We’ve all stood outside on a wintry day, trying to catch snowflakes on our tongues. Heck, some people even make snow ice cream.
But scientists in Canada have found that snow absorbs nanosized particles and certain organic components of car exhausts. 
Maybe you should avoid the white snow as much as the yellow kind.
Research has shown that tiny particles spit out by exhaust fumes negatively impact both the environment and human health. This type of pollution is especially bad for people with asthma and can cause cancer. One in 8 deaths worldwide can be attributed to air pollution, according to the World Health Organization (WHO).
Using an artificial snow chamber, researchers at McGill University in the U.K. demonstrated the impact of snow on these pollutions.
The presence of snow changed shifted the distribution of the aerosols of benzene, toluene, ethylbenzene and other organic compounds, as well as particles produced when gasoline and oil are burned. This is because when particles exit an exhaust’s cooler system into a colder environment, the temperature gradient means that aerosols are removed by the colder surface, Chemistry World explains.
It’s possible that people may be exposed to even more pollutants when snow melts.
Over the course of an hour, the level of pollutants in the snow more than doubled. The researchers aren’t sure whether the snow acts as a temporary “sink,” or if this effect lasts longer.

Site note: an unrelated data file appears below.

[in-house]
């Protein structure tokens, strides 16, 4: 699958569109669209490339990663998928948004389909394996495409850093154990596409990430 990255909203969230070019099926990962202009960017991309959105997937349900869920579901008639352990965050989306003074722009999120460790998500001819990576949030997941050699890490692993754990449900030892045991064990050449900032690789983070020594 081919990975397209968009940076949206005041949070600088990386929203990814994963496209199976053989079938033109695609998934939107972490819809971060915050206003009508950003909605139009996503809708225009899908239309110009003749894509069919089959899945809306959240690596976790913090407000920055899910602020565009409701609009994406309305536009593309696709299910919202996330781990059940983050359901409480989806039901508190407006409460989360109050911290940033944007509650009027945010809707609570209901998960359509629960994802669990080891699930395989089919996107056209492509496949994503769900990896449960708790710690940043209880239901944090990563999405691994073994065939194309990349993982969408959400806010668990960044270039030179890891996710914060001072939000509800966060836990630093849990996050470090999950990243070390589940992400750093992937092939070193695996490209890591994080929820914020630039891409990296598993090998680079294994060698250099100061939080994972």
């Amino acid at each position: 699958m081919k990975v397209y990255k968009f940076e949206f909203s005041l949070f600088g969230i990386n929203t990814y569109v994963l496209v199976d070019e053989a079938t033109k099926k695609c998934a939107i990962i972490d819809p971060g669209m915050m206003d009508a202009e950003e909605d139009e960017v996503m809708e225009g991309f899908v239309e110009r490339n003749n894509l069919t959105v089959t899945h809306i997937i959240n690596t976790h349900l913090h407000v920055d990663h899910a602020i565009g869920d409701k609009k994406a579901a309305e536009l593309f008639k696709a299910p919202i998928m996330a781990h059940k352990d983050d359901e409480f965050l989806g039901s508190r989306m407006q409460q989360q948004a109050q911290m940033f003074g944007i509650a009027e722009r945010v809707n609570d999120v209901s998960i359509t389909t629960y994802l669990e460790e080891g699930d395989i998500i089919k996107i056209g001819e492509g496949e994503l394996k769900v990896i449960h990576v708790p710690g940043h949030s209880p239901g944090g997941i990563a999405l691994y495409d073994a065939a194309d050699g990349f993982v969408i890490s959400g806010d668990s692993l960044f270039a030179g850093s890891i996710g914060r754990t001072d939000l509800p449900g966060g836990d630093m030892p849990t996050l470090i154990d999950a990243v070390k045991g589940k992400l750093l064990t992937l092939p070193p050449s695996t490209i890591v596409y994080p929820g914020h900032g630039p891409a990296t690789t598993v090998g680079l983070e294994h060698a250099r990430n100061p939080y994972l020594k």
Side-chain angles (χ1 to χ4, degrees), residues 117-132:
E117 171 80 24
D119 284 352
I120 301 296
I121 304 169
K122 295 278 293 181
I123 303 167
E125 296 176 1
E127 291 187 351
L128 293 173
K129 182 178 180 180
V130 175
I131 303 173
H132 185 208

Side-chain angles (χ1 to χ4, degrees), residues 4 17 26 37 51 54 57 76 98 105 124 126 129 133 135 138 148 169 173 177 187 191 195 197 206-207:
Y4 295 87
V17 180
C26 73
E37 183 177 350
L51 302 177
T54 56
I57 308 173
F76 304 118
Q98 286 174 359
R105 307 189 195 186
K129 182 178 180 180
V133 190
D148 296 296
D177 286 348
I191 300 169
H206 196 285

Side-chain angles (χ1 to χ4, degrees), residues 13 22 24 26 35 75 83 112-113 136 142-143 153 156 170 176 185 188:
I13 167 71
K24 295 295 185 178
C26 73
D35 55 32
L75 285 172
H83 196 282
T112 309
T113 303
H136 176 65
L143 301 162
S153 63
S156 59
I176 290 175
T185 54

A temporary sink means that pollutants could spread quickly in industrialized areas where snow melts.
Parisa Ariya, a professor at McGill University, explained:
“We demonstrated that during the experimental time, snowpack does remove certain air pollutants emitted with car exhaust.
“Other studies, including studies by our group, previously showed that snowpack accumulates air pollutants over a longer period of them, and they are immobilized when the snow melts contaminating soil and entering groundwater.”
“As the snowpack warms up and melts, the emission of certain pollutants into the atmosphere can occur…emission of pollutants from the snowpack into the atmosphere is therefore a phenomenon of potentially high importance in the environmental and public health context, and needs to be investigated.” 
A 2010 report issued by the nonprofit Health Effects Institute analyzed 700 peer-reviewed studies around the globe on the ways in which motor vehicle emissions impact health. It found “evidence of a causal relationship” between pollution from vehicles and decreased lung function and hastened hardening of the arteries.
The analysis also showed “strong evidence” that exposure to traffic caused variations in heart rate and other ailments that result in deaths. 
This article originally appeared at Natural Society.
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